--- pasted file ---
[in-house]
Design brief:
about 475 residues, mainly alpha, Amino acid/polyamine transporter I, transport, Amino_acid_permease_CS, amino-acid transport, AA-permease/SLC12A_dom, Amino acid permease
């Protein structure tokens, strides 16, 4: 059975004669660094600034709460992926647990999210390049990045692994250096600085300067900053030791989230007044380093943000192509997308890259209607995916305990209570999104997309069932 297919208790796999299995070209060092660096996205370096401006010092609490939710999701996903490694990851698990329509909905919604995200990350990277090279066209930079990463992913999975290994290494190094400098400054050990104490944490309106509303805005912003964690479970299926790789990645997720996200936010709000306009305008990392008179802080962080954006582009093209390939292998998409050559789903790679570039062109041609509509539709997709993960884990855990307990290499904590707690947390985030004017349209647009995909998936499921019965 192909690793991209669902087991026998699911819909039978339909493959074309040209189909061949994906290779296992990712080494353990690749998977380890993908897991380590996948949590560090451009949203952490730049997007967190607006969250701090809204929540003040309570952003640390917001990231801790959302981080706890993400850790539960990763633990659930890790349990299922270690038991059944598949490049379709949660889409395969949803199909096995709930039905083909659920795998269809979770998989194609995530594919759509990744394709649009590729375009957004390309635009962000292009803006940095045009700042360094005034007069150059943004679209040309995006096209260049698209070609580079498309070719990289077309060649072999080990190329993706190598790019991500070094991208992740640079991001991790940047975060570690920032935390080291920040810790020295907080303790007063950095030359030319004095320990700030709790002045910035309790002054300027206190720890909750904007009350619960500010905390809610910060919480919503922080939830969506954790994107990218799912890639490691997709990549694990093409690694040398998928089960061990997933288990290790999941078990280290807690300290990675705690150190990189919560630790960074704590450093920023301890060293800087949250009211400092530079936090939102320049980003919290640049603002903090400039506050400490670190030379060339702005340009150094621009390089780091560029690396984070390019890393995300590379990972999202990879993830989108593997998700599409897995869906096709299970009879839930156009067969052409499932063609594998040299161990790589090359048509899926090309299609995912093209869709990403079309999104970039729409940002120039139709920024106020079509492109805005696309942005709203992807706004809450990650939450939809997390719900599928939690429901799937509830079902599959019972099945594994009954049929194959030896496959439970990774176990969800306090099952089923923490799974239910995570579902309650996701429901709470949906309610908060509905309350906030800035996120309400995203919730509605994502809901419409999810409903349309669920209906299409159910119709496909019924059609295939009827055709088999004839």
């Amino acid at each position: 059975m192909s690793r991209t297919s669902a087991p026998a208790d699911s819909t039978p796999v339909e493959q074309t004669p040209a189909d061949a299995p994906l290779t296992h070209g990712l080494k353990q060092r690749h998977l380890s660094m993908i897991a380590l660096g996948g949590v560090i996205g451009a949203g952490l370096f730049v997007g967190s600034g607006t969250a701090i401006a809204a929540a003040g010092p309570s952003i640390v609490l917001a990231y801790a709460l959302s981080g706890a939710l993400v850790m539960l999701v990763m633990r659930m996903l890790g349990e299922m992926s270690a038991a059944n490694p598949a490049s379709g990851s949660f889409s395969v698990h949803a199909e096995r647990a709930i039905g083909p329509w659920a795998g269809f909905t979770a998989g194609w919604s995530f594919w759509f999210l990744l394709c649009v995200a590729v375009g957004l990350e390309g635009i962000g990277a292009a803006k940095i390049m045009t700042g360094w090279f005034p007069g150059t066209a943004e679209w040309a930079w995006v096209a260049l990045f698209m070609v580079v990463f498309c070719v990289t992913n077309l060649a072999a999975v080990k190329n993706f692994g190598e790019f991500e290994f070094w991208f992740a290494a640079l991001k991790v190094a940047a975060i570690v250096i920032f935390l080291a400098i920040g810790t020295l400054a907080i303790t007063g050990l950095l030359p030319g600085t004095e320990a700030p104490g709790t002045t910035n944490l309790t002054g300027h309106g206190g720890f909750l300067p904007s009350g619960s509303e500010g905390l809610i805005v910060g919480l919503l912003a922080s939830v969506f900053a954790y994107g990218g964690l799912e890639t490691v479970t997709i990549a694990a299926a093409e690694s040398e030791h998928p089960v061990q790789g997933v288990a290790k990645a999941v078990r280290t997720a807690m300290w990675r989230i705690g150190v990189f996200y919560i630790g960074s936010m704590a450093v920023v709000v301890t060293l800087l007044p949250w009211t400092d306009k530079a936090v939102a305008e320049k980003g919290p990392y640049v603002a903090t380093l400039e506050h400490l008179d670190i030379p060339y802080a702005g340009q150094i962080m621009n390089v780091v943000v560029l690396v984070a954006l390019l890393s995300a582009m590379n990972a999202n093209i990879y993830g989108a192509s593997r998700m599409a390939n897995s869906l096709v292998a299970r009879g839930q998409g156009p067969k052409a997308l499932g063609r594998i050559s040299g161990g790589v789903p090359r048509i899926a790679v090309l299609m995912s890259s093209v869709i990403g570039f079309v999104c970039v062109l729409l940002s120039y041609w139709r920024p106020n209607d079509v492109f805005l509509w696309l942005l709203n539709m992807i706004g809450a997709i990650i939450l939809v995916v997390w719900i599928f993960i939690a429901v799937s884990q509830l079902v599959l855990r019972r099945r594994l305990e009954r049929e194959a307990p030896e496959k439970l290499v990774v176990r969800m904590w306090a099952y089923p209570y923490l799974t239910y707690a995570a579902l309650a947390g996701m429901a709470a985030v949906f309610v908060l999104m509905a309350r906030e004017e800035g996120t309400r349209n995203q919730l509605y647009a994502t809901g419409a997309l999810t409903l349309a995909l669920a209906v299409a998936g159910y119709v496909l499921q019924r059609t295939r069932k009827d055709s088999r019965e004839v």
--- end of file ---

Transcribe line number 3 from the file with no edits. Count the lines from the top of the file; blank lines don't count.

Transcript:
about 475 residues, mainly alpha, Amino acid/polyamine transporter I, transport, Amino_acid_permease_CS, amino-acid transport, AA-permease/SLC12A_dom, Amino acid permease